I’m currently conducting a study that looks at understanding how enterprise businesses build, deploy, and manage their line-of-business applications. As part of the study, I interchange the notion of an “Application” with a “Service”. The two are not really the same; in my world a “service” is an application that has added customer-focused attributes such as Service Level Agreements to ensure service quality and governance policies to mitigate risks, to name a few. However, I think it’s helpful for IT to start to migrate away from the term “application” and only think in terms of “service”. With the increase in adoption of service-orientation and the commensurate increase of development paradigms that encourage the creation of composite applications, the line is blurring between what an application is versus a service. Arguably, business agility is the brass ring of an organization’s ability to deliver for its customer. This agility will be determined in part by IT’s ability to build repositories of reusable components and construct new services from them. Before this can happen on a wide-scale basis, however, several things have to happen: The business needs to see IT as a business enabler rather than a cost center IT needs to have a clear understanding of what constitutes a business service and be able to report critical success factors and KPIs at a the service boundary Disruptive technologies such as virtualization, newer programming models such as AJAX, and cloud computing need to be adopted based on the assumption of delivering the right levels of service needed by the business. Too often, these technologies are treated like a panacea, when more often they do little more than add complexity The ability for IT to raise its profile with the business has traditionally been based on a reactive relationship with the business. Improved management practices that truly deliver high quality service management will help to change the perception and allow the organization to treat IT as a full partner in delivering high quality products and services to its customers. When my study concludes at the end of the summer, I’ll share some of the insights gleaned from it. In the meantime, let me know how your experience has been with the shift from application delivery to service delivery. All the best, Erik Svenson, Application Platform Lead, War on Cost email@example.com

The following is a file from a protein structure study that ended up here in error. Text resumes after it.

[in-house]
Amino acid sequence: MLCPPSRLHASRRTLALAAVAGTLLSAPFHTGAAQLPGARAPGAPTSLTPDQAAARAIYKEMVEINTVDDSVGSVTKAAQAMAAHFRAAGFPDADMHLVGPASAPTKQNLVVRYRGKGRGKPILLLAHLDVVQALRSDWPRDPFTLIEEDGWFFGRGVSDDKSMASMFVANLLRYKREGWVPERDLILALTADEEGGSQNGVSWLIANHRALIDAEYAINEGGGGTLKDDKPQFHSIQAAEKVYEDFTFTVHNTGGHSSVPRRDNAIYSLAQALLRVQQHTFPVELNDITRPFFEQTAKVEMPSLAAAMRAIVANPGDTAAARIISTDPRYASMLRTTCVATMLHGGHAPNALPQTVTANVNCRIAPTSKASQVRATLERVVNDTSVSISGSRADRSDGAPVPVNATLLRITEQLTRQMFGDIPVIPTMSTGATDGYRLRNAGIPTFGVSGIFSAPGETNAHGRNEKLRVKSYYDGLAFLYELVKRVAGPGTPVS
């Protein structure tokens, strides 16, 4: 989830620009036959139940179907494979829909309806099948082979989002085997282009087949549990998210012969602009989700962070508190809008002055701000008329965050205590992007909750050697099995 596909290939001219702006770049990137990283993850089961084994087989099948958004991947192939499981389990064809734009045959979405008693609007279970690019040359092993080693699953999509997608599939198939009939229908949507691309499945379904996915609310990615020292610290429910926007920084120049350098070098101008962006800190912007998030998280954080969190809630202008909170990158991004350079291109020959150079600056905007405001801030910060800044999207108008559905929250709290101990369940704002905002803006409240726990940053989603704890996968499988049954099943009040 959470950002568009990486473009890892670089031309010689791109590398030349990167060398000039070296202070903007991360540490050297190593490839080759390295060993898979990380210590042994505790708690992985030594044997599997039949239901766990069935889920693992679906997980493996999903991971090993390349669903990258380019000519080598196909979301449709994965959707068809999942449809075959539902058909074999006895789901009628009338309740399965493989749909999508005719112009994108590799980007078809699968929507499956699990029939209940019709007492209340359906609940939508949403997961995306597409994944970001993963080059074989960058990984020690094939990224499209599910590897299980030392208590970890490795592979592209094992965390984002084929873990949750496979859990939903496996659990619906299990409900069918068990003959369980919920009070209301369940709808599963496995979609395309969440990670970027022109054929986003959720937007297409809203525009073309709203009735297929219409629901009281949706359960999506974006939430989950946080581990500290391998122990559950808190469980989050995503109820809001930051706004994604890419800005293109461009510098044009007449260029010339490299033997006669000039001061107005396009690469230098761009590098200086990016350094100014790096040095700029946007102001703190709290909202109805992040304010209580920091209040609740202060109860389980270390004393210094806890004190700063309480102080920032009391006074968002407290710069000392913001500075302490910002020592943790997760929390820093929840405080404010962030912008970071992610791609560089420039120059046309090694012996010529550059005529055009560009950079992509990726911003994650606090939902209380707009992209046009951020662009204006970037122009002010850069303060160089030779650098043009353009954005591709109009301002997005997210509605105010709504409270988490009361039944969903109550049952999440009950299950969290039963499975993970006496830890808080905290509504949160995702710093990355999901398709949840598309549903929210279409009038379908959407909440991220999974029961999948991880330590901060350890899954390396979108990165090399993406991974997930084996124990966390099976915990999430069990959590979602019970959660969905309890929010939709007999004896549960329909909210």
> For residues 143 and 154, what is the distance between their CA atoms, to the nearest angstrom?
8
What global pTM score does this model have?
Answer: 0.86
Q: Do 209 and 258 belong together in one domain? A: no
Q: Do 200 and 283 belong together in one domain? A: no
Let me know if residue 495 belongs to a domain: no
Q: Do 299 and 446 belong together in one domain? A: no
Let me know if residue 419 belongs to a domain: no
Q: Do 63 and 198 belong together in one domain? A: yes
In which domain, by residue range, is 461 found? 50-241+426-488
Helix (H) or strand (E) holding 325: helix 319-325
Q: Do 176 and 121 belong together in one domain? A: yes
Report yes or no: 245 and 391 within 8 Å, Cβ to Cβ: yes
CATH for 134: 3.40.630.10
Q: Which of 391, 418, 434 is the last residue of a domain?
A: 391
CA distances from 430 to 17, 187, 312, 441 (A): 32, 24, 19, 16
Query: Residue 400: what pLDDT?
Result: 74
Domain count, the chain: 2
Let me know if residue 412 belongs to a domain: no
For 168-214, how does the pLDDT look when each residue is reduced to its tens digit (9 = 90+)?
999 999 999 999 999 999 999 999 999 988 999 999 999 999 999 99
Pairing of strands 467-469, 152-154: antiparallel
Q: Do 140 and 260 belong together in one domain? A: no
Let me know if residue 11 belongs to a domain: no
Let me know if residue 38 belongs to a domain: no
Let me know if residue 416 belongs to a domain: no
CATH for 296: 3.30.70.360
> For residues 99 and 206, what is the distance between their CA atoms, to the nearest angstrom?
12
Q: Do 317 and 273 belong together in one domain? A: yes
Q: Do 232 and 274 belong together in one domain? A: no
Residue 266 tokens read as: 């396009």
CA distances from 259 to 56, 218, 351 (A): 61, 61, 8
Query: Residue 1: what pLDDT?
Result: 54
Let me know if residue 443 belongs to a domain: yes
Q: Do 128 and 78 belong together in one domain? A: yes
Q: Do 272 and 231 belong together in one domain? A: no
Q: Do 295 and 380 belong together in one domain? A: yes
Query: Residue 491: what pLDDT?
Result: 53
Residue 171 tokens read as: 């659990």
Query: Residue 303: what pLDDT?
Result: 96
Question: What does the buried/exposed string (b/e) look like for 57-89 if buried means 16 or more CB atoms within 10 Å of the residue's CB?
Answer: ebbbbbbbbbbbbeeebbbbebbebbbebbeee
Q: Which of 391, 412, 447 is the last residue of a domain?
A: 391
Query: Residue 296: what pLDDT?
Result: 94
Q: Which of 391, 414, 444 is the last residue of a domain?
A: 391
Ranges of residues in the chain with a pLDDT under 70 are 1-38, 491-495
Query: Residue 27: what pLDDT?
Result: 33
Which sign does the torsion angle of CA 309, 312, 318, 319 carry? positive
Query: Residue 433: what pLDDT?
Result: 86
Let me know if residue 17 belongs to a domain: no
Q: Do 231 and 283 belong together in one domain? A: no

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Managing Services, not Apps
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